Nanoscale Control of Molecular Self-Assembly Induced by Plasmonic Hot-Electron Dynamics

Sabrina Simoncelli, Yi Li, Emiliano Cortés, Stefan A. Maier

Research output: Contribution to journalArticleResearchpeer-review

43 Citations (Scopus)


Self-assembly processes allow designing and creating complex nanostructures using molecules as building blocks and surfaces as scaffolds. This autonomous driven construction is possible due to a complex thermodynamic balance of molecule-surface interactions. As such, nanoscale guidance and control over this process is hard to achieve. Here we use the highly localized light-to-chemical-energy conversion of plasmonic materials to spatially cleave Au-S bonds on predetermined locations within a single nanoparticle, enabling a high degree of control over this archetypal system for molecular self-assembly. Our method offers nanoscale precision and high-throughput light-induced tailoring of the surface chemistry of individual and packed nanosized metallic structures by simply varying wavelength and polarization of the incident light. Assisted by single-molecule super-resolution fluorescence microscopy, we image, quantify, and shed light onto the plasmon-induced desorption mechanism. Our results point toward localized distribution of hot electrons, contrary to uniformly distributed lattice heating, as the mechanism inducing Au-S bond breaking. We demonstrate that plasmon-induced photodesorption enables subdiffraction and even subparticle multiplexing. Finally, we explore possible routes to further exploit these concepts for the selective positioning of nanomaterials and the sorting and purification of colloidal nanoparticles.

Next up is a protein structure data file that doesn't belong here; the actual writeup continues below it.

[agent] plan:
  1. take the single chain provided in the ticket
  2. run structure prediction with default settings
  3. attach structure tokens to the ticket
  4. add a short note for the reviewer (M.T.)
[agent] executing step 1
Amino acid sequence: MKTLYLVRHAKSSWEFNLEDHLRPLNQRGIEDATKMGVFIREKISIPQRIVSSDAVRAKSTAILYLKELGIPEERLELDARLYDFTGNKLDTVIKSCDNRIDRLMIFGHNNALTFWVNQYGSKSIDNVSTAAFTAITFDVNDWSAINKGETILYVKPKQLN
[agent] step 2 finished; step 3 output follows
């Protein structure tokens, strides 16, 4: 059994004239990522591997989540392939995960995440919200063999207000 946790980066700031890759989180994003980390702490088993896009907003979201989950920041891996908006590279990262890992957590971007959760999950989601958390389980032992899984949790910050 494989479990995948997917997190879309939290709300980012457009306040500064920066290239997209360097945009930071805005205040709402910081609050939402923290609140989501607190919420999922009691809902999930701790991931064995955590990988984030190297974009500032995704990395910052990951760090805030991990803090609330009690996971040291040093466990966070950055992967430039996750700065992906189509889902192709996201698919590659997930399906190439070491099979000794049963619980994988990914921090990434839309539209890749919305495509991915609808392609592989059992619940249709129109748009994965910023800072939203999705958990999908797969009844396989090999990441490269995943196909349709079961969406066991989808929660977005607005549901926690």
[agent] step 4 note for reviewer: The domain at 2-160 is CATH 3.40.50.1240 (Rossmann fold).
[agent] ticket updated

Original languageEnglish
Pages (from-to)2184-2192
Number of pages9
JournalACS Nano
Issue number3
Publication statusPublished - 27 Mar 2018
Externally publishedYes


  • dynamic self-assembly
  • hot electrons
  • multiplexing
  • nanoscale precision
  • plasmonics
  • super-resolution

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